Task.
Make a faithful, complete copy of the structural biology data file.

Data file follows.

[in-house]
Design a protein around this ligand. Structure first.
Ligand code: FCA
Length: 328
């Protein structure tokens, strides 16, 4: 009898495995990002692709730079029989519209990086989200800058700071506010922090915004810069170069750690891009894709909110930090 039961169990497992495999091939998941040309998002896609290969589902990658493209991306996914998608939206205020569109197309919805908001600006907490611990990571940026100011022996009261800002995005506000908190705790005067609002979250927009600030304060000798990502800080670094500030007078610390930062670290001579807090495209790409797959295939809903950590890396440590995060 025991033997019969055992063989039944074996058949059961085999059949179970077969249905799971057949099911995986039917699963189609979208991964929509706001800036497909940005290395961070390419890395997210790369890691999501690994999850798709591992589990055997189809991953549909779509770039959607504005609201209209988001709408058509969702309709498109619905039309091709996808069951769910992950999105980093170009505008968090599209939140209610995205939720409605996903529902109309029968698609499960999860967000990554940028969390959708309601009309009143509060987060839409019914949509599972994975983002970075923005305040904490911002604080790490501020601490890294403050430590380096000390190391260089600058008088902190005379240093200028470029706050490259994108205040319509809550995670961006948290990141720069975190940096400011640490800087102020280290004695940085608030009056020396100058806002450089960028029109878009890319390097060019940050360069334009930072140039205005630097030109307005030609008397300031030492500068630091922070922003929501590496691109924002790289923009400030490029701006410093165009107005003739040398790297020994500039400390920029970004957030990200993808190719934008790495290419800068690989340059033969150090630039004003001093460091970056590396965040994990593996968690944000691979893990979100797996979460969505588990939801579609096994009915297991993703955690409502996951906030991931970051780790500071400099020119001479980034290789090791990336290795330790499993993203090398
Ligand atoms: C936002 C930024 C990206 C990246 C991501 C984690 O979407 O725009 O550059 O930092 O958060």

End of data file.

[in-house]
Design a protein around this ligand. Structure first.
Ligand code: FCA
Length: 328
């Protein structure tokens, strides 16, 4: 009898495995990002692709730079029989519209990086989200800058700071506010922090915004810069170069750690891009894709909110930090 039961169990497992495999091939998941040309998002896609290969589902990658493209991306996914998608939206205020569109197309919805908001600006907490611990990571940026100011022996009261800002995005506000908190705790005067609002979250927009600030304060000798990502800080670094500030007078610390930062670290001579807090495209790409797959295939809903950590890396440590995060 025991033997019969055992063989039944074996058949059961085999059949179970077969249905799971057949099911995986039917699963189609979208991964929509706001800036497909940005290395961070390419890395997210790369890691999501690994999850798709591992589990055997189809991953549909779509770039959607504005609201209209988001709408058509969702309709498109619905039309091709996808069951769910992950999105980093170009505008968090599209939140209610995205939720409605996903529902109309029968698609499960999860967000990554940028969390959708309601009309009143509060987060839409019914949509599972994975983002970075923005305040904490911002604080790490501020601490890294403050430590380096000390190391260089600058008088902190005379240093200028470029706050490259994108205040319509809550995670961006948290990141720069975190940096400011640490800087102020280290004695940085608030009056020396100058806002450089960028029109878009890319390097060019940050360069334009930072140039205005630097030109307005030609008397300031030492500068630091922070922003929501590496691109924002790289923009400030490029701006410093165009107005003739040398790297020994500039400390920029970004957030990200993808190719934008790495290419800068690989340059033969150090630039004003001093460091970056590396965040994990593996968690944000691979893990979100797996979460969505588990939801579609096994009915297991993703955690409502996951906030991931970051780790500071400099020119001479980034290789090791990336290795330790499993993203090398
Ligand atoms: C936002 C930024 C990206 C990246 C991501 C984690 O979407 O725009 O550059 O930092 O958060």